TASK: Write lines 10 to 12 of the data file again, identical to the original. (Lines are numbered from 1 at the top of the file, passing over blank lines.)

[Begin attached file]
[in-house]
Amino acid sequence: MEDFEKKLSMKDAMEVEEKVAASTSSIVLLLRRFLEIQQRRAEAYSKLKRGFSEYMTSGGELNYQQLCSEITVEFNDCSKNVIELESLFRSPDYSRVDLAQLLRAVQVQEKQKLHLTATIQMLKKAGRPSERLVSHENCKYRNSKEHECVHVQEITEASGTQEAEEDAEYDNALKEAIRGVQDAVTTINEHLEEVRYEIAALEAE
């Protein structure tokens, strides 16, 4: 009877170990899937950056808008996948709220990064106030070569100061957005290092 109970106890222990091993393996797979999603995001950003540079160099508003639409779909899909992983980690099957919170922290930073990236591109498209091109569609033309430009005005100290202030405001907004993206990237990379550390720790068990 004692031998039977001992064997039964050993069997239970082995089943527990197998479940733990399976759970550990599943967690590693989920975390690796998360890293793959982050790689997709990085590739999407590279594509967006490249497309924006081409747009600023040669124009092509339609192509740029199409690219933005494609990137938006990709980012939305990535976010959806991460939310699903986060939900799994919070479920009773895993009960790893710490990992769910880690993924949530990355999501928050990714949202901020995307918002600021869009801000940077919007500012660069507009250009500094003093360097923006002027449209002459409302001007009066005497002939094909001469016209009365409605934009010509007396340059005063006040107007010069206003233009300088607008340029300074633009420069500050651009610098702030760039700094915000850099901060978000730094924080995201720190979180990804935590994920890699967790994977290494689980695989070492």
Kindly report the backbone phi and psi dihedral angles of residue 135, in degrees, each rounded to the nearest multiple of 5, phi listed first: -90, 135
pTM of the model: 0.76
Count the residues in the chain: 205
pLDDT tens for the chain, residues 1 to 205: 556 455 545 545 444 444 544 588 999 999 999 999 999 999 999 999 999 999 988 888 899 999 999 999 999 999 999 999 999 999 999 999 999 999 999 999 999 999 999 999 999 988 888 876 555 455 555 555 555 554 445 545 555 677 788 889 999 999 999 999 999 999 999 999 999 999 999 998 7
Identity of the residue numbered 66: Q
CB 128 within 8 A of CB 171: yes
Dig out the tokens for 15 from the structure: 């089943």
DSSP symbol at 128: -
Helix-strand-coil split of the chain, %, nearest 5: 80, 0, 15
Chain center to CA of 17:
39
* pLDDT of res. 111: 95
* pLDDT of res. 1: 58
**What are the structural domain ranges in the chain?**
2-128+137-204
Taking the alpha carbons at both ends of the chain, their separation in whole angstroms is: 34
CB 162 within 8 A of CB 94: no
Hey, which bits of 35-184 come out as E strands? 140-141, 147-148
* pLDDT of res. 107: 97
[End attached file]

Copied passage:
Dig out the tokens for 15 from the structure: 């089943």
DSSP symbol at 128: -
Helix-strand-coil split of the chain, %, nearest 5: 80, 0, 15